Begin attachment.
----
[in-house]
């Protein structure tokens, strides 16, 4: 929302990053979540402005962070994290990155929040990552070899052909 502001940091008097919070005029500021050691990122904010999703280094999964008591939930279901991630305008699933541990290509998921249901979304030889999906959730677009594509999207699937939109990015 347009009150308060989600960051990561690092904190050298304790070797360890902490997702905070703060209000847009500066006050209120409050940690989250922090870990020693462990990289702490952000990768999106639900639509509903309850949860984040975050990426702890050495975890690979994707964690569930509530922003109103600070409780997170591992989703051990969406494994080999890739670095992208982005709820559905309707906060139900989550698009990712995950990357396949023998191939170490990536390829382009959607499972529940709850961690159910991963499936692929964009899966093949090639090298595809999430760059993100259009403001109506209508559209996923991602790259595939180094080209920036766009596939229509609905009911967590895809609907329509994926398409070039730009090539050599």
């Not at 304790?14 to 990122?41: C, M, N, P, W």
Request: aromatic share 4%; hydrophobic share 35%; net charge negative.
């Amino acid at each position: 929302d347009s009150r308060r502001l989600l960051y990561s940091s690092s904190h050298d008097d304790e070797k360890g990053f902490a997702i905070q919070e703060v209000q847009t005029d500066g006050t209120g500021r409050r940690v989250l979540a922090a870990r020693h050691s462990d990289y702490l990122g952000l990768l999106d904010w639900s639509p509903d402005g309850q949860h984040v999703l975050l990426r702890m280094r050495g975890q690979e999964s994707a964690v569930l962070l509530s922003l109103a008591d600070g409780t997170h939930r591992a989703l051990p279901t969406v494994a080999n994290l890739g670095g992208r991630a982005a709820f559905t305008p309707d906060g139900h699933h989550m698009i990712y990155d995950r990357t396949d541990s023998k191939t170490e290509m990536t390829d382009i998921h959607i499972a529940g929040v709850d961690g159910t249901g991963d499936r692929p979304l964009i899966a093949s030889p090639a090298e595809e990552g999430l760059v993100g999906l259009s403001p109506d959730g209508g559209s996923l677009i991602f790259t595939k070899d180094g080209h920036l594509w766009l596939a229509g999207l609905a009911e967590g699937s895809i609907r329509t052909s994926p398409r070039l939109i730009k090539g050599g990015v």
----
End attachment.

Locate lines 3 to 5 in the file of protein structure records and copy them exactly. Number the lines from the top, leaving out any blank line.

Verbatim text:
């Not at 304790?14 to 990122?41: C, M, N, P, W």
Request: aromatic share 4%; hydrophobic share 35%; net charge negative.
């Amino acid at each position: 929302d347009s009150r308060r502001l989600l960051y990561s940091s690092s904190h050298d008097d304790e070797k360890g990053f902490a997702i905070q919070e703060v209000q847009t005029d500066g006050t209120g500021r409050r940690v989250l979540a922090a870990r020693h050691s462990d990289y702490l990122g952000l990768l999106d904010w639900s639509p509903d402005g309850q949860h984040v999703l975050l990426r702890m280094r050495g975890q690979e999964s994707a964690v569930l962070l509530s922003l109103a008591d600070g409780t997170h939930r591992a989703l051990p279901t969406v494994a080999n994290l890739g670095g992208r991630a982005a709820f559905t305008p309707d906060g139900h699933h989550m698009i990712y990155d995950r990357t396949d541990s023998k191939t170490e290509m990536t390829d382009i998921h959607i499972a529940g929040v709850d961690g159910t249901g991963d499936r692929p979304l964009i899966a093949s030889p090639a090298e595809e990552g999430l760059v993100g999906l259009s403001p109506d959730g209508g559209s996923l677009i991602f790259t595939k070899d180094g080209h920036l594509w766009l596939a229509g999207l609905a009911e967590g699937s895809i609907r329509t052909s994926p398409r070039l939109i730009k090539g050599g990015v």